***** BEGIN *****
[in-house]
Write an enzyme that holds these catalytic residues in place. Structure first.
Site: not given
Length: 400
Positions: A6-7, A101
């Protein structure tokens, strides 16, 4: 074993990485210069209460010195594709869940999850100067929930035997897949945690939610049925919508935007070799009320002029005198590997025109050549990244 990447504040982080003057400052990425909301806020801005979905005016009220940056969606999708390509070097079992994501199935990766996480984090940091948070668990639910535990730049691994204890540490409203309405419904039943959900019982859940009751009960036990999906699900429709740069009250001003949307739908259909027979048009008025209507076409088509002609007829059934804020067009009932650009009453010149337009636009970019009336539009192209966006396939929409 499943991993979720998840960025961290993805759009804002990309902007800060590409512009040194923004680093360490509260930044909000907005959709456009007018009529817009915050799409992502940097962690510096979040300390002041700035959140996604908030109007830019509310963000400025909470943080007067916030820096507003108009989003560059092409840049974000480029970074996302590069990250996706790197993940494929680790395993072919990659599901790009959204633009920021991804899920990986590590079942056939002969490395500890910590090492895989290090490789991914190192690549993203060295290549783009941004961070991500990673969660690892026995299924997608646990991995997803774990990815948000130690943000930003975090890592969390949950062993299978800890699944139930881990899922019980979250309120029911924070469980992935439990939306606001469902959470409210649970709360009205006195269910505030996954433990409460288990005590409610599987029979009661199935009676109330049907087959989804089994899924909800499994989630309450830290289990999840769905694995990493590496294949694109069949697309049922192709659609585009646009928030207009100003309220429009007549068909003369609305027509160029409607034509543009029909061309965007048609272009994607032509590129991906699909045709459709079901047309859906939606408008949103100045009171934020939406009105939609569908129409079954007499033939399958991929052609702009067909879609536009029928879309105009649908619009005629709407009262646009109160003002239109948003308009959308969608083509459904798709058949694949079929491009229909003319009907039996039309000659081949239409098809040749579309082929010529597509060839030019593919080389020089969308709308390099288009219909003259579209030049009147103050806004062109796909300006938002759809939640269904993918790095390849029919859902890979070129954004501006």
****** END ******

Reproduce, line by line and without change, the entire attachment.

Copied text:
[in-house]
Write an enzyme that holds these catalytic residues in place. Structure first.
Site: not given
Length: 400
Positions: A6-7, A101
């Protein structure tokens, strides 16, 4: 074993990485210069209460010195594709869940999850100067929930035997897949945690939610049925919508935007070799009320002029005198590997025109050549990244 990447504040982080003057400052990425909301806020801005979905005016009220940056969606999708390509070097079992994501199935990766996480984090940091948070668990639910535990730049691994204890540490409203309405419904039943959900019982859940009751009960036990999906699900429709740069009250001003949307739908259909027979048009008025209507076409088509002609007829059934804020067009009932650009009453010149337009636009970019009336539009192209966006396939929409 499943991993979720998840960025961290993805759009804002990309902007800060590409512009040194923004680093360490509260930044909000907005959709456009007018009529817009915050799409992502940097962690510096979040300390002041700035959140996604908030109007830019509310963000400025909470943080007067916030820096507003108009989003560059092409840049974000480029970074996302590069990250996706790197993940494929680790395993072919990659599901790009959204633009920021991804899920990986590590079942056939002969490395500890910590090492895989290090490789991914190192690549993203060295290549783009941004961070991500990673969660690892026995299924997608646990991995997803774990990815948000130690943000930003975090890592969390949950062993299978800890699944139930881990899922019980979250309120029911924070469980992935439990939306606001469902959470409210649970709360009205006195269910505030996954433990409460288990005590409610599987029979009661199935009676109330049907087959989804089994899924909800499994989630309450830290289990999840769905694995990493590496294949694109069949697309049922192709659609585009646009928030207009100003309220429009007549068909003369609305027509160029409607034509543009029909061309965007048609272009994607032509590129991906699909045709459709079901047309859906939606408008949103100045009171934020939406009105939609569908129409079954007499033939399958991929052609702009067909879609536009029928879309105009649908619009005629709407009262646009109160003002239109948003308009959308969608083509459904798709058949694949079929491009229909003319009907039996039309000659081949239409098809040749579309082929010529597509060839030019593919080389020089969308709308390099288009219909003259579209030049009147103050806004062109796909300006938002759809939640269904993918790095390849029919859902890979070129954004501006």